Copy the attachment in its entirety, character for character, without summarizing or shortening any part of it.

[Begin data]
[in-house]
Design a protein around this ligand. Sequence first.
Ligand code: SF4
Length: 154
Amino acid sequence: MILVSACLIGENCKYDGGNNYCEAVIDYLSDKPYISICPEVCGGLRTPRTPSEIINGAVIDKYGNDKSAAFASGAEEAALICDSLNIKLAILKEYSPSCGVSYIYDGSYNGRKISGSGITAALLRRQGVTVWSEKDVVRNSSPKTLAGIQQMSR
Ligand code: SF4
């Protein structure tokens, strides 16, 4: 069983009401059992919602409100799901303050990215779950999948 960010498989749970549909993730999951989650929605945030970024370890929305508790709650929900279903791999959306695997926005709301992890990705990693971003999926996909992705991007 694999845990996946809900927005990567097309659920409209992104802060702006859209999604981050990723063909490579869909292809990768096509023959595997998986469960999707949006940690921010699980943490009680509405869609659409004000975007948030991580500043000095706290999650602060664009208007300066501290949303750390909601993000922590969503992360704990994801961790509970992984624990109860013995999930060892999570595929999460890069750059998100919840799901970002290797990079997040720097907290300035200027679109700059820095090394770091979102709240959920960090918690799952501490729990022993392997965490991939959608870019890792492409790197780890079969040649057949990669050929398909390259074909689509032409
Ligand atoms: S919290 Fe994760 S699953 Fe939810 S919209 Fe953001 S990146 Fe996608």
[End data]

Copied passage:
[in-house]
Design a protein around this ligand. Sequence first.
Ligand code: SF4
Length: 154
Amino acid sequence: MILVSACLIGENCKYDGGNNYCEAVIDYLSDKPYISICPEVCGGLRTPRTPSEIINGAVIDKYGNDKSAAFASGAEEAALICDSLNIKLAILKEYSPSCGVSYIYDGSYNGRKISGSGITAALLRRQGVTVWSEKDVVRNSSPKTLAGIQQMSR
Ligand code: SF4
């Protein structure tokens, strides 16, 4: 069983009401059992919602409100799901303050990215779950999948 960010498989749970549909993730999951989650929605945030970024370890929305508790709650929900279903791999959306695997926005709301992890990705990693971003999926996909992705991007 694999845990996946809900927005990567097309659920409209992104802060702006859209999604981050990723063909490579869909292809990768096509023959595997998986469960999707949006940690921010699980943490009680509405869609659409004000975007948030991580500043000095706290999650602060664009208007300066501290949303750390909601993000922590969503992360704990994801961790509970992984624990109860013995999930060892999570595929999460890069750059998100919840799901970002290797990079997040720097907290300035200027679109700059820095090394770091979102709240959920960090918690799952501490729990022993392997965490991939959608870019890792492409790197780890079969040649057949990669050929398909390259074909689509032409
Ligand atoms: S919290 Fe994760 S699953 Fe939810 S919209 Fe953001 S990146 Fe996608």